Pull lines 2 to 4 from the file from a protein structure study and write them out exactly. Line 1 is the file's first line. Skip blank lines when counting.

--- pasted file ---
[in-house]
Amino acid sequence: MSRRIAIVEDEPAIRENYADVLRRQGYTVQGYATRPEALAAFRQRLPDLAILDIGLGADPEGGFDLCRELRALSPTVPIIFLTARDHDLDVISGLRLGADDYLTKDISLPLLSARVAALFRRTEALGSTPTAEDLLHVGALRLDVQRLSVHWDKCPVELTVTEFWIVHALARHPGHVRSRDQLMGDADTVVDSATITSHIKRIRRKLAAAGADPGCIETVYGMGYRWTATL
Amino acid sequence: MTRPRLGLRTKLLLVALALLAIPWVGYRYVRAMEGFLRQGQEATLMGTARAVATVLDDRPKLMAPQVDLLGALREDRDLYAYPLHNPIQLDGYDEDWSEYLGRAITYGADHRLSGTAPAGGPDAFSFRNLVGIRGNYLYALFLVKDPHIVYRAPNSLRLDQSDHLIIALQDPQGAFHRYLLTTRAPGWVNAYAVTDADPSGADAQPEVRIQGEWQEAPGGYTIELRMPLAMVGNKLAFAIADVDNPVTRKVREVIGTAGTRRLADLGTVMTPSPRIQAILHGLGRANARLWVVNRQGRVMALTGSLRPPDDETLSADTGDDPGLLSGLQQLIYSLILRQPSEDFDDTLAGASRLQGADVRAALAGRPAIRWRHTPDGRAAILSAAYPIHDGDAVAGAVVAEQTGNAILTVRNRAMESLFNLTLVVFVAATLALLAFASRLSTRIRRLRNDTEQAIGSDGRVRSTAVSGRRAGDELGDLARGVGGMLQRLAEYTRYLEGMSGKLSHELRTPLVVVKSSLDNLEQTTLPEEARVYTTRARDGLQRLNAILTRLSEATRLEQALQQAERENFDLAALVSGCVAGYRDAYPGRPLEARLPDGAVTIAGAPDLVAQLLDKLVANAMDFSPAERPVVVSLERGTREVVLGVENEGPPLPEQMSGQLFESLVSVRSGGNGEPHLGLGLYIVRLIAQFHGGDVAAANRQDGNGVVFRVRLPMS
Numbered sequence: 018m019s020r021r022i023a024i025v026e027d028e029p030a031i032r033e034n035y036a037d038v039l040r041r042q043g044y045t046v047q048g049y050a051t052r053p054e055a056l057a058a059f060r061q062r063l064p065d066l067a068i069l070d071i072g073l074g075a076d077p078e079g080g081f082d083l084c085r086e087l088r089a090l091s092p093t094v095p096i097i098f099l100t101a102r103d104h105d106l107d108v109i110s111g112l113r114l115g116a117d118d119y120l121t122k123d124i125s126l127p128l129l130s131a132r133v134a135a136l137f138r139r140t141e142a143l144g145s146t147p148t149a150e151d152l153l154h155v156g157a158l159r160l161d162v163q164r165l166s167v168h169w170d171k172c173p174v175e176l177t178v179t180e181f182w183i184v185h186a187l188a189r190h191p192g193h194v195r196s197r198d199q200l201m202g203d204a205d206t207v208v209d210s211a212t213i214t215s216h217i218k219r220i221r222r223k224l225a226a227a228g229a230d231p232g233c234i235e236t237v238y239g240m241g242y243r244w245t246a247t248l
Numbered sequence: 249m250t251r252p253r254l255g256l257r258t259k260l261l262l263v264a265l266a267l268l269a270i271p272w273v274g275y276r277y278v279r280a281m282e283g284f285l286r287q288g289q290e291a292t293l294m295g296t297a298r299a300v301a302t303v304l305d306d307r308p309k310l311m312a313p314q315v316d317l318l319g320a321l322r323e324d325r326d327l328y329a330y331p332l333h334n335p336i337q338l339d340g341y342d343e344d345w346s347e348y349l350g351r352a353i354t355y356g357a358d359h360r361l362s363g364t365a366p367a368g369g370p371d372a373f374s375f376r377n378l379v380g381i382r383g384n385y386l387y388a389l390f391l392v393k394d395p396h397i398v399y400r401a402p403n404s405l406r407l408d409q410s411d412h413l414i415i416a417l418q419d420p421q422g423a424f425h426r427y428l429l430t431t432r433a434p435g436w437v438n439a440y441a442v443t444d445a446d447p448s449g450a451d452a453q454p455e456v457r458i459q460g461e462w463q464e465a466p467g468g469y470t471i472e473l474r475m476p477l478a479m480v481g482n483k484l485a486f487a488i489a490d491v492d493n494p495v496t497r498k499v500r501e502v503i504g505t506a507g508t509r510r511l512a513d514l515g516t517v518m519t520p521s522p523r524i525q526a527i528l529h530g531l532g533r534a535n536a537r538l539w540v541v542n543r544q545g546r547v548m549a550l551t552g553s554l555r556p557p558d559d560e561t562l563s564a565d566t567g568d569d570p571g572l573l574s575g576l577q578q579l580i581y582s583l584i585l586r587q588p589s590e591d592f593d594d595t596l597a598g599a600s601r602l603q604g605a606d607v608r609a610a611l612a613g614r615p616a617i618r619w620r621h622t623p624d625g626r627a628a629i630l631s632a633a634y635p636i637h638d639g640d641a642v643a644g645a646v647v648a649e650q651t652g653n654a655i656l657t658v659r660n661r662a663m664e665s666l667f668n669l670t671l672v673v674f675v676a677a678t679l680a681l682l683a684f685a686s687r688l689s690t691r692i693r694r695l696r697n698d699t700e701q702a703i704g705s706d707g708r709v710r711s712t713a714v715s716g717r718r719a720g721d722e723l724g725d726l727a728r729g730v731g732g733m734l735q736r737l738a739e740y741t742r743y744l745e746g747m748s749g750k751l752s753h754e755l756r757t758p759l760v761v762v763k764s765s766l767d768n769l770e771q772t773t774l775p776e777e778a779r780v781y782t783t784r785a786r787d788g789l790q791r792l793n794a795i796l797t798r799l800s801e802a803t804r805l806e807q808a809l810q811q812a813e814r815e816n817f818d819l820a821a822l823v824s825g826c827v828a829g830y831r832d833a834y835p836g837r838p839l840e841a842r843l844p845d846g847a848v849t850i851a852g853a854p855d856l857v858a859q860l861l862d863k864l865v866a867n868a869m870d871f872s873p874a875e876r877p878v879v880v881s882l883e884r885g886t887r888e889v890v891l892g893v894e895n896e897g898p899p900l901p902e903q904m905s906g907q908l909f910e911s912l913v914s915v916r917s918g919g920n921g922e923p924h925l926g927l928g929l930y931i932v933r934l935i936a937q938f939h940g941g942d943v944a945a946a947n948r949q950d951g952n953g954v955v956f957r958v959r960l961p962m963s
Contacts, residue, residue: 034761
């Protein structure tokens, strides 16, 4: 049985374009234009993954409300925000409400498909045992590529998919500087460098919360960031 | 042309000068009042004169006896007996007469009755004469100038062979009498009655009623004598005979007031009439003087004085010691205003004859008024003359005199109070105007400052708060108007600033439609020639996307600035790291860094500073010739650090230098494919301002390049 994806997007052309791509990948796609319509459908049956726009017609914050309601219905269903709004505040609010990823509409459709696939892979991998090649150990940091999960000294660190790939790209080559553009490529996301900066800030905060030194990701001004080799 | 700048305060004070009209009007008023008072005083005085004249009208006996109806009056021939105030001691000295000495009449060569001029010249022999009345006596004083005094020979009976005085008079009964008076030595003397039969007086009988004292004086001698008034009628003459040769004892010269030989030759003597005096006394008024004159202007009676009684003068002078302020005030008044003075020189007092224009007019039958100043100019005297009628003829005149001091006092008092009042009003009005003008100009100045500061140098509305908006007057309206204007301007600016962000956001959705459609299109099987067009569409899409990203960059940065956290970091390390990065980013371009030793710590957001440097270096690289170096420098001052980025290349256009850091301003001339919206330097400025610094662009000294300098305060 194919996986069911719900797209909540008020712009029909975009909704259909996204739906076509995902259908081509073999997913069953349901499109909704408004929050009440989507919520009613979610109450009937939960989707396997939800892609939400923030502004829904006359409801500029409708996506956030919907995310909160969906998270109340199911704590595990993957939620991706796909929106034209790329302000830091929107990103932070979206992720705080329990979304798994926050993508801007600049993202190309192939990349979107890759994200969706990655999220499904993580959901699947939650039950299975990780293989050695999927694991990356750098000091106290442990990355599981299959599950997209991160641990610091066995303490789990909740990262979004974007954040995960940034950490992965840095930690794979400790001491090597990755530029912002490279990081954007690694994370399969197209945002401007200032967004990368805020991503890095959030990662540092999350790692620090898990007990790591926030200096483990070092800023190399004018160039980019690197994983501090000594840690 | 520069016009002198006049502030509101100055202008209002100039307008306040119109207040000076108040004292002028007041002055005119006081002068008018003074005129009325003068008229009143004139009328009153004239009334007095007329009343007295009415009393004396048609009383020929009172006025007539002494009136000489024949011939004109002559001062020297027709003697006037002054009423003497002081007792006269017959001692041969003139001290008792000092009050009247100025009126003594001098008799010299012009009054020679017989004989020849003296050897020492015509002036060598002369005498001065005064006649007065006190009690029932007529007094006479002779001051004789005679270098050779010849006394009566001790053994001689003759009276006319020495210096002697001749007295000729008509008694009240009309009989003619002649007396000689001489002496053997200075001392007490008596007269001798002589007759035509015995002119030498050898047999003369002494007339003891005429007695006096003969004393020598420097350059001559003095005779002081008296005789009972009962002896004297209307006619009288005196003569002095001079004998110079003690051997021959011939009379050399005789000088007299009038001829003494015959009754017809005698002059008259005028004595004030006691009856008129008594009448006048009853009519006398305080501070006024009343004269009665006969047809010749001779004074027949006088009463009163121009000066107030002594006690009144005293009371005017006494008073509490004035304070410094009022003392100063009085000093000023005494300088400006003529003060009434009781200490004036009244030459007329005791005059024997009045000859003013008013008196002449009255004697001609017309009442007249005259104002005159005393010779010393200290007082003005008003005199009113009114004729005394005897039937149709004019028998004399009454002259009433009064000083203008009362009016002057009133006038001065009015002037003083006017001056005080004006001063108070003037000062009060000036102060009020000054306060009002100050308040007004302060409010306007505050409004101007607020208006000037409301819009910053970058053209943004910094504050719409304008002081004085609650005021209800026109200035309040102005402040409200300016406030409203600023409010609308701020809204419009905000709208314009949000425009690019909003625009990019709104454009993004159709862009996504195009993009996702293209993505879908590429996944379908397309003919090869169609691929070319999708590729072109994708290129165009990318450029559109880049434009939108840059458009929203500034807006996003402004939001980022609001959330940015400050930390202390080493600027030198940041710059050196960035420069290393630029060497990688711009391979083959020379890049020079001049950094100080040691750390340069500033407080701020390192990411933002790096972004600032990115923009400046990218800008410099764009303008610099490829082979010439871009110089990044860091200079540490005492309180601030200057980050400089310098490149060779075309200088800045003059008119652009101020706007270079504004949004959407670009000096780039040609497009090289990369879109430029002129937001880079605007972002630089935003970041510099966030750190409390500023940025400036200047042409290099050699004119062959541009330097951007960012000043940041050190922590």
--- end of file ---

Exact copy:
Amino acid sequence: MSRRIAIVEDEPAIRENYADVLRRQGYTVQGYATRPEALAAFRQRLPDLAILDIGLGADPEGGFDLCRELRALSPTVPIIFLTARDHDLDVISGLRLGADDYLTKDISLPLLSARVAALFRRTEALGSTPTAEDLLHVGALRLDVQRLSVHWDKCPVELTVTEFWIVHALARHPGHVRSRDQLMGDADTVVDSATITSHIKRIRRKLAAAGADPGCIETVYGMGYRWTATL
Amino acid sequence: MTRPRLGLRTKLLLVALALLAIPWVGYRYVRAMEGFLRQGQEATLMGTARAVATVLDDRPKLMAPQVDLLGALREDRDLYAYPLHNPIQLDGYDEDWSEYLGRAITYGADHRLSGTAPAGGPDAFSFRNLVGIRGNYLYALFLVKDPHIVYRAPNSLRLDQSDHLIIALQDPQGAFHRYLLTTRAPGWVNAYAVTDADPSGADAQPEVRIQGEWQEAPGGYTIELRMPLAMVGNKLAFAIADVDNPVTRKVREVIGTAGTRRLADLGTVMTPSPRIQAILHGLGRANARLWVVNRQGRVMALTGSLRPPDDETLSADTGDDPGLLSGLQQLIYSLILRQPSEDFDDTLAGASRLQGADVRAALAGRPAIRWRHTPDGRAAILSAAYPIHDGDAVAGAVVAEQTGNAILTVRNRAMESLFNLTLVVFVAATLALLAFASRLSTRIRRLRNDTEQAIGSDGRVRSTAVSGRRAGDELGDLARGVGGMLQRLAEYTRYLEGMSGKLSHELRTPLVVVKSSLDNLEQTTLPEEARVYTTRARDGLQRLNAILTRLSEATRLEQALQQAERENFDLAALVSGCVAGYRDAYPGRPLEARLPDGAVTIAGAPDLVAQLLDKLVANAMDFSPAERPVVVSLERGTREVVLGVENEGPPLPEQMSGQLFESLVSVRSGGNGEPHLGLGLYIVRLIAQFHGGDVAAANRQDGNGVVFRVRLPMS
Numbered sequence: 018m019s020r021r022i023a024i025v026e027d028e029p030a031i032r033e034n035y036a037d038v039l040r041r042q043g044y045t046v047q048g049y050a051t052r053p054e055a056l057a058a059f060r061q062r063l064p065d066l067a068i069l070d071i072g073l074g075a076d077p078e079g080g081f082d083l084c085r086e087l088r089a090l091s092p093t094v095p096i097i098f099l100t101a102r103d104h105d106l107d108v109i110s111g112l113r114l115g116a117d118d119y120l121t122k123d124i125s126l127p128l129l130s131a132r133v134a135a136l137f138r139r140t141e142a143l144g145s146t147p148t149a150e151d152l153l154h155v156g157a158l159r160l161d162v163q164r165l166s167v168h169w170d171k172c173p174v175e176l177t178v179t180e181f182w183i184v185h186a187l188a189r190h191p192g193h194v195r196s197r198d199q200l201m202g203d204a205d206t207v208v209d210s211a212t213i214t215s216h217i218k219r220i221r222r223k224l225a226a227a228g229a230d231p232g233c234i235e236t237v238y239g240m241g242y243r244w245t246a247t248l